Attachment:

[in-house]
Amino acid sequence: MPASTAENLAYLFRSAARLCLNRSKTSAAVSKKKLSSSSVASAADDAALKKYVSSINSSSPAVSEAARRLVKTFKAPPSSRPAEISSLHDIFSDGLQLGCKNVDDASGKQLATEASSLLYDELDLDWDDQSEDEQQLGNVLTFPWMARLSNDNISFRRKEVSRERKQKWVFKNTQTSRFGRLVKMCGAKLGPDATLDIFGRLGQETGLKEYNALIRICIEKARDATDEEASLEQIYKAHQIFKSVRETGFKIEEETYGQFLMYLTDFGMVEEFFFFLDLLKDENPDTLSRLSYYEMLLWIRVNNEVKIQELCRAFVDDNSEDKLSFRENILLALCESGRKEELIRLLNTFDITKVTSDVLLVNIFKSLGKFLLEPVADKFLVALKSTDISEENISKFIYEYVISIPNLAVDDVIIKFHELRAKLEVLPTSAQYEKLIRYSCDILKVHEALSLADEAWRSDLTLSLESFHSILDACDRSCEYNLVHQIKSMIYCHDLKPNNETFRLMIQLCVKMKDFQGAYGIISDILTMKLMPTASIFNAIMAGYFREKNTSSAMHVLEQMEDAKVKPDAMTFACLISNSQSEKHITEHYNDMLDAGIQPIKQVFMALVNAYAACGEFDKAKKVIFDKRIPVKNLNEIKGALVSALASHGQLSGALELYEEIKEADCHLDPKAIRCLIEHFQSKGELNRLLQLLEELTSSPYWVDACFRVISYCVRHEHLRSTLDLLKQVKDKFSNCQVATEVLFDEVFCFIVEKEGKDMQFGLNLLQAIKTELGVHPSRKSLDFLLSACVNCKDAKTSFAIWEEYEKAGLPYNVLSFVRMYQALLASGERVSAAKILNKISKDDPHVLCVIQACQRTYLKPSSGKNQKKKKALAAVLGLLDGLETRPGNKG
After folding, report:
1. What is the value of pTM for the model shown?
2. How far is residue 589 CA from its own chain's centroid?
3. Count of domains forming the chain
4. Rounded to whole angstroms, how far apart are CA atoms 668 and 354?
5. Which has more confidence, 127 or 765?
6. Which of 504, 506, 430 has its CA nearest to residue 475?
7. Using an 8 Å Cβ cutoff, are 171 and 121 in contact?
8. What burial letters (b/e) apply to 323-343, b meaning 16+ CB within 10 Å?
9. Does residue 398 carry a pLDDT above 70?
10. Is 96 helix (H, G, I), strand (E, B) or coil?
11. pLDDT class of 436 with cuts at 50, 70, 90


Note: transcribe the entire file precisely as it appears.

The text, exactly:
[in-house]
Amino acid sequence: MPASTAENLAYLFRSAARLCLNRSKTSAAVSKKKLSSSSVASAADDAALKKYVSSINSSSPAVSEAARRLVKTFKAPPSSRPAEISSLHDIFSDGLQLGCKNVDDASGKQLATEASSLLYDELDLDWDDQSEDEQQLGNVLTFPWMARLSNDNISFRRKEVSRERKQKWVFKNTQTSRFGRLVKMCGAKLGPDATLDIFGRLGQETGLKEYNALIRICIEKARDATDEEASLEQIYKAHQIFKSVRETGFKIEEETYGQFLMYLTDFGMVEEFFFFLDLLKDENPDTLSRLSYYEMLLWIRVNNEVKIQELCRAFVDDNSEDKLSFRENILLALCESGRKEELIRLLNTFDITKVTSDVLLVNIFKSLGKFLLEPVADKFLVALKSTDISEENISKFIYEYVISIPNLAVDDVIIKFHELRAKLEVLPTSAQYEKLIRYSCDILKVHEALSLADEAWRSDLTLSLESFHSILDACDRSCEYNLVHQIKSMIYCHDLKPNNETFRLMIQLCVKMKDFQGAYGIISDILTMKLMPTASIFNAIMAGYFREKNTSSAMHVLEQMEDAKVKPDAMTFACLISNSQSEKHITEHYNDMLDAGIQPIKQVFMALVNAYAACGEFDKAKKVIFDKRIPVKNLNEIKGALVSALASHGQLSGALELYEEIKEADCHLDPKAIRCLIEHFQSKGELNRLLQLLEELTSSPYWVDACFRVISYCVRHEHLRSTLDLLKQVKDKFSNCQVATEVLFDEVFCFIVEKEGKDMQFGLNLLQAIKTELGVHPSRKSLDFLLSACVNCKDAKTSFAIWEEYEKAGLPYNVLSFVRMYQALLASGERVSAAKILNKISKDDPHVLCVIQACQRTYLKPSSGKNQKKKKALAAVLGLLDGLETRPGNKG
After folding, report:
1. What is the value of pTM for the model shown?
2. How far is residue 589 CA from its own chain's centroid?
3. Count of domains forming the chain
4. Rounded to whole angstroms, how far apart are CA atoms 668 and 354?
5. Which has more confidence, 127 or 765?
6. Which of 504, 506, 430 has its CA nearest to residue 475?
7. Using an 8 Å Cβ cutoff, are 171 and 121 in contact?
8. What burial letters (b/e) apply to 323-343, b meaning 16+ CB within 10 Å?
9. Does residue 398 carry a pLDDT above 70?
10. Is 96 helix (H, G, I), strand (E, B) or coil?
11. pLDDT class of 436 with cuts at 50, 70, 90